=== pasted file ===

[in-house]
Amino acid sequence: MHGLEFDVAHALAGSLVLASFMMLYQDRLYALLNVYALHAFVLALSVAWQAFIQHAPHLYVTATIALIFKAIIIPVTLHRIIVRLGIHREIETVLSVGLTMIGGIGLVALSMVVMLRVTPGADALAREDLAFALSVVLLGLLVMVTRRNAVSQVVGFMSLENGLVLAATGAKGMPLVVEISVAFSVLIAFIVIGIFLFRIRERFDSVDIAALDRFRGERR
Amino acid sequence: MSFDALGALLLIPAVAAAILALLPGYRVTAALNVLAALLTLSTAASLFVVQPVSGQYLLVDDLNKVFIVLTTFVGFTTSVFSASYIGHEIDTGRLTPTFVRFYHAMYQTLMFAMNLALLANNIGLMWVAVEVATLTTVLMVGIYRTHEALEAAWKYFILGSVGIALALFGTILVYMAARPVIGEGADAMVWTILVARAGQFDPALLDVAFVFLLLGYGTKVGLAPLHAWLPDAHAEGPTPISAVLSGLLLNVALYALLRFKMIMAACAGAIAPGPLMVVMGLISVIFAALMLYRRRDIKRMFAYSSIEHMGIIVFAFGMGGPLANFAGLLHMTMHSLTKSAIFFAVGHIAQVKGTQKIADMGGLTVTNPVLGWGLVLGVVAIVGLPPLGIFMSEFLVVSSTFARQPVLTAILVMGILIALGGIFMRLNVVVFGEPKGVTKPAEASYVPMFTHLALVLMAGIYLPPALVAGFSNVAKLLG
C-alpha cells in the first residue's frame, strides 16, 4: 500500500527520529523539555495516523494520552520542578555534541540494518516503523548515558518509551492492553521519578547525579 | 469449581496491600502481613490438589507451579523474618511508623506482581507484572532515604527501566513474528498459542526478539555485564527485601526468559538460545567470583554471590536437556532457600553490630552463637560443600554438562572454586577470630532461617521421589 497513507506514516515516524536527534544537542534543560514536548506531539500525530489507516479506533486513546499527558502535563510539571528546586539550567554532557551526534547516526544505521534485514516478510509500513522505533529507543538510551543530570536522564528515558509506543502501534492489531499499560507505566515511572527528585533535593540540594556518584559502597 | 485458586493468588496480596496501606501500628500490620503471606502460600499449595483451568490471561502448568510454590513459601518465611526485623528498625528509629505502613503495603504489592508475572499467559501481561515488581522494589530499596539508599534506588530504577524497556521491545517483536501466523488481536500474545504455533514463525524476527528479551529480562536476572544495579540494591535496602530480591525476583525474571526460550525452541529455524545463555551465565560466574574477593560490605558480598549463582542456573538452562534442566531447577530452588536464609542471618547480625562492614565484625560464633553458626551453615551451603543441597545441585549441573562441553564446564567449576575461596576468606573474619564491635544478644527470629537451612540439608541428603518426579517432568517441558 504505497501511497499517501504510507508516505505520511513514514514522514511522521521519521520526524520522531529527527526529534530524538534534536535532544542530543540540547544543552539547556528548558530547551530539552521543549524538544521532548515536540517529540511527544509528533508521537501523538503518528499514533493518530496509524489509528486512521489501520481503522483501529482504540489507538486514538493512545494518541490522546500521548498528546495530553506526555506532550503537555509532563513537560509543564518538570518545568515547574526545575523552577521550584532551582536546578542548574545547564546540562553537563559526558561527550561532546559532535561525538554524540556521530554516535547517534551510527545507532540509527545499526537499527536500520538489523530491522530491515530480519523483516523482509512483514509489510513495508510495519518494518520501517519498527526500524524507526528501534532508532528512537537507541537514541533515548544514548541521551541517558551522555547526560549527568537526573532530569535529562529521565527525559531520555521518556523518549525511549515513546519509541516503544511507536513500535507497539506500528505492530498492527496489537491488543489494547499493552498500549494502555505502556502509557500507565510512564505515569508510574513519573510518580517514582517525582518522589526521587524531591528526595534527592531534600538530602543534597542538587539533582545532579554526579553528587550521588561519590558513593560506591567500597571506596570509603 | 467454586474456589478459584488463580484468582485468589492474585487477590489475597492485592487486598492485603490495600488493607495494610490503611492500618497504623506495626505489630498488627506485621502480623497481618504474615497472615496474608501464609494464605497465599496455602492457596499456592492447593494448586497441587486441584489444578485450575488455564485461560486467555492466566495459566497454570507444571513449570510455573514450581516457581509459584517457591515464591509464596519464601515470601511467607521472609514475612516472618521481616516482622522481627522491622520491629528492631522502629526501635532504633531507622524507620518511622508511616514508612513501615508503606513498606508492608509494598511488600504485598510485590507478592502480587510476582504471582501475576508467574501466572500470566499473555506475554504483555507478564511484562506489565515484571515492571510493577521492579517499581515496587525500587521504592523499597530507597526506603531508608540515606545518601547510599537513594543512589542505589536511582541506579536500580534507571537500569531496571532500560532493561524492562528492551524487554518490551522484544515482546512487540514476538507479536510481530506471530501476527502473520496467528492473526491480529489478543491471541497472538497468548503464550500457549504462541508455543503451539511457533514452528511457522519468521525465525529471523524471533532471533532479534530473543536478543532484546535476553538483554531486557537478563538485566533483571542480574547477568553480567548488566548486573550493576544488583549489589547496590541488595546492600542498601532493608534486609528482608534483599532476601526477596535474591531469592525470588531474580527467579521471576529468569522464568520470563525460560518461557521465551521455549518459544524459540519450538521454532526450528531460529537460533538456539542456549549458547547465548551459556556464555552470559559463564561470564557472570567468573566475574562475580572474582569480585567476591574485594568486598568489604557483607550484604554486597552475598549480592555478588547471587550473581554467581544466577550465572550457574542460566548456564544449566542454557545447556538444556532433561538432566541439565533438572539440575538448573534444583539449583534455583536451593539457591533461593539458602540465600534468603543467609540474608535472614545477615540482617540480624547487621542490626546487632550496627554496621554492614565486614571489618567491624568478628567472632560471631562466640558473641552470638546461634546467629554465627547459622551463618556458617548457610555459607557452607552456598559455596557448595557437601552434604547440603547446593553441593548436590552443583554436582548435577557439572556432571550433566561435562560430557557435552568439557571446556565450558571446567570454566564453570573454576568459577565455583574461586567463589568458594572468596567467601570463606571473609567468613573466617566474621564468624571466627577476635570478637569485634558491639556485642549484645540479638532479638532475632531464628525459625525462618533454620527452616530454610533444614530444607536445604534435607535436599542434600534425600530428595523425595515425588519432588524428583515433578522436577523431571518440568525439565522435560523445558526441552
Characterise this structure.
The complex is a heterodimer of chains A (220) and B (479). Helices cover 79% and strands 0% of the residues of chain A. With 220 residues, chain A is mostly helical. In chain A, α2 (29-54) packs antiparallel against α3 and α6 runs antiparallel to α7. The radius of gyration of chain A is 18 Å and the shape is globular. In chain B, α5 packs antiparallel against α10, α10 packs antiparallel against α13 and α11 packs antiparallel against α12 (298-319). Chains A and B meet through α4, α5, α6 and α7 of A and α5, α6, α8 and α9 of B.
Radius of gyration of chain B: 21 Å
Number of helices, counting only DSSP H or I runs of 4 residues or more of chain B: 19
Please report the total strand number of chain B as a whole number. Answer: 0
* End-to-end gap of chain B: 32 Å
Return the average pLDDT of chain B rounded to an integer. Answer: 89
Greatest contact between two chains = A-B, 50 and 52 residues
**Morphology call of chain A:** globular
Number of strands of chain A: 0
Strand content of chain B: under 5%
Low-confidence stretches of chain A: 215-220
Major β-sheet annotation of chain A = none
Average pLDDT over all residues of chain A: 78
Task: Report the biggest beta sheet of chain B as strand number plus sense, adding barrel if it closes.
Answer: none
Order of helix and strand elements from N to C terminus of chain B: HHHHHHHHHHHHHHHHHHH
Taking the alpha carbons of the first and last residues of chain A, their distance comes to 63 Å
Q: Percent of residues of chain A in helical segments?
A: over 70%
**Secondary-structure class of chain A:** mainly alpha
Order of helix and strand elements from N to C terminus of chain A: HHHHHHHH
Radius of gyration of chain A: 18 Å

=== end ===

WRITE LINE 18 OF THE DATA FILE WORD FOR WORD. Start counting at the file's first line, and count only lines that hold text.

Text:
Average pLDDT over all residues of chain A: 78